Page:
For the type we use a byte code. In order to avoid magic numbers everywhere in the code we want to have the values assigned once and then reused with the symbols defined for it. This could be class variables that are assigned their numeric value. In order to reuse the type code mapping we use a SharedPool for that so that we can use it in a test class as well.

SharedPool subclass: #SoilTypeCodes
    instanceVariableNames: ''
    classVariableNames: '... TypeCodeString ...'
    package: 'Soil-Core-Serialization'

For serialization we need

SoilTypeCodes class>>#initializeTypeCodes
   TypeCodeString := 13.

and the reverse mapping for reading

SoilTypeCodes class>>#initializeTypeCodeMapping

    TypeCodeMapping := Array new: 255.
        at: TypeCodeString                  put: String;

defines the mapping from type code to instance creator.

wrapping up the serializer

While building the serializer above we wanted to have a special serialization for our string. After the detour over the type codes we can continue here. So this was the intended code:

String>>#soilBasicSerialize: serializer
    serializer nextPutString: self

the serializer can now be done this way

SoilSerializer>>#nextPutString: aString
        nextPutByte: TypeCodeString;
        basicNextPutString: aString

SoilSerializer>>#basicNextPutString: aString
    | buf |
    buf := aString asByteArray.
        nextPutLengthEncodedInteger: buf size;
        nextPutBytesFrom: buf

Here the string is turned into an byte array which might be confusing. The implementation for String is the general case which is ByteString, a string objects that only contains 8bit characters. If a wide character enters the string the string becomes a WideString and the implementation there is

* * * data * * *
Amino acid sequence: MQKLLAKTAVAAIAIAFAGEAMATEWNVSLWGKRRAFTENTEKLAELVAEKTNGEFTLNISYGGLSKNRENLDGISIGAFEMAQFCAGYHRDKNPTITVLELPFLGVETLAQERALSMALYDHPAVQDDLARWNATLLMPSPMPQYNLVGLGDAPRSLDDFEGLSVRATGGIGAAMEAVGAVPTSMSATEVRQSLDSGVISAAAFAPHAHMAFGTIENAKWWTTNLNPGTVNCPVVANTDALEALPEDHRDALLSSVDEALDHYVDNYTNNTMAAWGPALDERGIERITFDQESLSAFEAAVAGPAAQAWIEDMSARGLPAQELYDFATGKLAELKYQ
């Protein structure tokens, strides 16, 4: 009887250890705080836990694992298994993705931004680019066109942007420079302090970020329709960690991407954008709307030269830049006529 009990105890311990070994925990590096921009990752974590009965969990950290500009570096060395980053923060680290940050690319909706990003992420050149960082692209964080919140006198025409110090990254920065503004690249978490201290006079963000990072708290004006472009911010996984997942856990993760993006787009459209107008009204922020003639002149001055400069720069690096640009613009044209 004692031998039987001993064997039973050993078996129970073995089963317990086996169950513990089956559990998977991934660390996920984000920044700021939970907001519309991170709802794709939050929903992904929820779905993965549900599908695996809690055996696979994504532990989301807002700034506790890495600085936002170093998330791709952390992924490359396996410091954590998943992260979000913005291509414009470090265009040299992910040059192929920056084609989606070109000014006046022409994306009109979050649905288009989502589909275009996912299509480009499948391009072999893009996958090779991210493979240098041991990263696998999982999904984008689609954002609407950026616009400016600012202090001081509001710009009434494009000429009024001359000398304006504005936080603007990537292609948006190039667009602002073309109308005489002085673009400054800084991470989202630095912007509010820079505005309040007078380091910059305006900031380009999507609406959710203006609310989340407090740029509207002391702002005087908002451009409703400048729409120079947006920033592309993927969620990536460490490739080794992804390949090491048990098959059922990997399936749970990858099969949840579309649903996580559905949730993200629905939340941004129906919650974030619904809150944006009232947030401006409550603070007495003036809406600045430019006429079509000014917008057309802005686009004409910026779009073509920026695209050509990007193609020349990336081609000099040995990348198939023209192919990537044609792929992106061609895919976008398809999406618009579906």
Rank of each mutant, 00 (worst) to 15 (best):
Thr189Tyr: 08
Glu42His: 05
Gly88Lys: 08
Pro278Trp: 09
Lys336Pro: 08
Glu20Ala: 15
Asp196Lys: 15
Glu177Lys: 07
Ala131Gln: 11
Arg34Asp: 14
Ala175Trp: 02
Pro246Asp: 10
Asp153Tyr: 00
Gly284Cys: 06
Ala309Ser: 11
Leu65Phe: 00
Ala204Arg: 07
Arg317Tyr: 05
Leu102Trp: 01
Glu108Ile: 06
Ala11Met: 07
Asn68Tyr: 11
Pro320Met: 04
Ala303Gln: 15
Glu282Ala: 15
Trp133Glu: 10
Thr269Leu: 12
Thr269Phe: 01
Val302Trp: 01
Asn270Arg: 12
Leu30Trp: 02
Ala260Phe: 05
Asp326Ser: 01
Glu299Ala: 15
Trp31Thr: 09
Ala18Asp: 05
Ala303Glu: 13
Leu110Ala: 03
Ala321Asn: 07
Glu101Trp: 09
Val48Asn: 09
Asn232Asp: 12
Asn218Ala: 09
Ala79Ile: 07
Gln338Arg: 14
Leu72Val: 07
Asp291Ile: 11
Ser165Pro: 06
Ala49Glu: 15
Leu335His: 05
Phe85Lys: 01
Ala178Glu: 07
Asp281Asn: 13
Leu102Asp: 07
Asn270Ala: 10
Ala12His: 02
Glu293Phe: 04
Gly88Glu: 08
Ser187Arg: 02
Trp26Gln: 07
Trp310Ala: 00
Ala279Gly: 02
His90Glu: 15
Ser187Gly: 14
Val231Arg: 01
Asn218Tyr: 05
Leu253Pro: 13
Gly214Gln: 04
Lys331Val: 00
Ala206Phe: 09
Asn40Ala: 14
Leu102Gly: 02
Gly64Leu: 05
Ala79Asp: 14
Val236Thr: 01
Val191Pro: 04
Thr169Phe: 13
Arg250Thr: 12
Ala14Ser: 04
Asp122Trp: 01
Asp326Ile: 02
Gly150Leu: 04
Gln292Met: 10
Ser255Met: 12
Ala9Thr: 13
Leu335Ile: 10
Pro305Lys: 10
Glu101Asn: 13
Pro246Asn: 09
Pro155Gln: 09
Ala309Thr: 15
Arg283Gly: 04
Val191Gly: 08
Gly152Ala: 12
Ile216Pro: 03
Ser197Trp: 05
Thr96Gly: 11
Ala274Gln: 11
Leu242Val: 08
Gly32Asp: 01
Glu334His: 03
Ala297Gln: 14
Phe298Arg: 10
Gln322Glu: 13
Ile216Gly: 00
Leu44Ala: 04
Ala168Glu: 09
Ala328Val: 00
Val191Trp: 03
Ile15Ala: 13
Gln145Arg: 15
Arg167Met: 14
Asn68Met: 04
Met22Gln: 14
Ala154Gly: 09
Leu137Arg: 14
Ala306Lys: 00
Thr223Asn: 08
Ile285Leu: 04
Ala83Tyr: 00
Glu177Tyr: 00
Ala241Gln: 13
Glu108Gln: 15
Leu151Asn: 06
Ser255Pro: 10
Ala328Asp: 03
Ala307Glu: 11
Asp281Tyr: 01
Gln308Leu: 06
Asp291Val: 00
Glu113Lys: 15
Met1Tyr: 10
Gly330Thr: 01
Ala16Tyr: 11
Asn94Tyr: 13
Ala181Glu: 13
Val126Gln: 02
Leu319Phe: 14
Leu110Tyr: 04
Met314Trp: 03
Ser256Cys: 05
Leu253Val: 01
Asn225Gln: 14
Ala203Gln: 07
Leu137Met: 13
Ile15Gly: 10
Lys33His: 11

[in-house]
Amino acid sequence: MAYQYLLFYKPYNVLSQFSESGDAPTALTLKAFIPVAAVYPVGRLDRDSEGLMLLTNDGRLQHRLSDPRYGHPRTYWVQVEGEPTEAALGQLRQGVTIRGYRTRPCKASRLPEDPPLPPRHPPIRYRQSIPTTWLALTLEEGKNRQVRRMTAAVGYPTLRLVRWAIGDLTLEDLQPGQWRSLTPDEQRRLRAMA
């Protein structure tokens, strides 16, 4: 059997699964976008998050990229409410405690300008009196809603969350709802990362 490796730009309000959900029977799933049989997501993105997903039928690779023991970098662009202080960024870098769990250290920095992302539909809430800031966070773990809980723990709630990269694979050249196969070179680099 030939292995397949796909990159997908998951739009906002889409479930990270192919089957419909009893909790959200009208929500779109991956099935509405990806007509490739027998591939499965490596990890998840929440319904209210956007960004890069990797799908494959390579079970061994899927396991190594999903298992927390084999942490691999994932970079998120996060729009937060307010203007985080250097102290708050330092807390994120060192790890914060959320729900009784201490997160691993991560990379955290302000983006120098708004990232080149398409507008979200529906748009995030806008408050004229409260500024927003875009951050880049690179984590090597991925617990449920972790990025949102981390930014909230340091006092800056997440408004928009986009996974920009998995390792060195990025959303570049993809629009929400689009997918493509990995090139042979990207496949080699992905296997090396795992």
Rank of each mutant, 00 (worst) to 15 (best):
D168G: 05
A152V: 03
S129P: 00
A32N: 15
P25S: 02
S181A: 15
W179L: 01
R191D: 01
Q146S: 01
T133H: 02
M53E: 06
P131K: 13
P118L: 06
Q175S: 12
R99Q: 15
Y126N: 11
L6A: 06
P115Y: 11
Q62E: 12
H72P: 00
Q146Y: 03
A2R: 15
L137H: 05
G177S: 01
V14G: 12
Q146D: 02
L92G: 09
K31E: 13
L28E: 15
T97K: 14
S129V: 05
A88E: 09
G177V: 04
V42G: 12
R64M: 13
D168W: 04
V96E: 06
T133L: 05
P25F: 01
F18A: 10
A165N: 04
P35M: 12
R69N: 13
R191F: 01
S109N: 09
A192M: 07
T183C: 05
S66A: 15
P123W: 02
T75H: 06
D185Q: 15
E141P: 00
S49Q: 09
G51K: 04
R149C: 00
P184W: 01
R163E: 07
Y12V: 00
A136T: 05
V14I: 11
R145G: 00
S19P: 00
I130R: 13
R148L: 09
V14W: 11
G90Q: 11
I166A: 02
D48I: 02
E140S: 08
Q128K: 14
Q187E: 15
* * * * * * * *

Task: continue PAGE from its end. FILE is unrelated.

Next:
WideString>>#soilBasicSerialize: serializer
    serializer nextPutWideString: self
SoilSerializer>>#nextPutWideString: aWideString 
    | buf |
    buf := self class encodeString: aWideString.
        nextPutByte: TypeCodeWideString;
        nextPutLengthEncodedInteger: buf size;
        nextPutBytesFrom: buf

Finally we can use the serializer to convert the string to its byte representation

bytes := ByteArray streamContents: [ :stream |
    SoilSerializer new
        stream: stream;
        serialize: 'soil is ramping up' ]

results into

#[13 18 115 111 105 108 32 105 115 32 114 97 109 112 105 110 103 32 117 112]

which we can read back using

SoilMaterializer new
    stream: bytes readStream;

and the materializer uses the inverse path to decode

    ^ self nextSoilObject

    ^ (TypeCodeMapping at: self nextByte) soilMaterialize: self
String class>>#soilMaterialize: materializer
      ^ materializer nextString

    | string |
    string := self basicNextString.
    self registerObject: string.
    ^ string

    | buf length |
    buf := ByteArray new: (length := self nextLengthEncodedInteger).
    stream readInto: buf startingAt: 1 count: length.
    ^ buf asString

which gives us

soil is ramping up


We have a serialization infrastructure that can serialize non-complex objects (not containing more references) to bytes which is a prerequisite to store it on disk. Making the snippet at the top work needs nothing more than to open a file and writing to it. With a pre-defined filename writing and reading works. In this second post we have almost built a minimal database that can store one simple object. Not very useful but a good starting point.

Things that were left out of this post: how to serialize a small graph involving more than a single object and how is the class/behavior information managed and stored. This will be the topics of the coming posts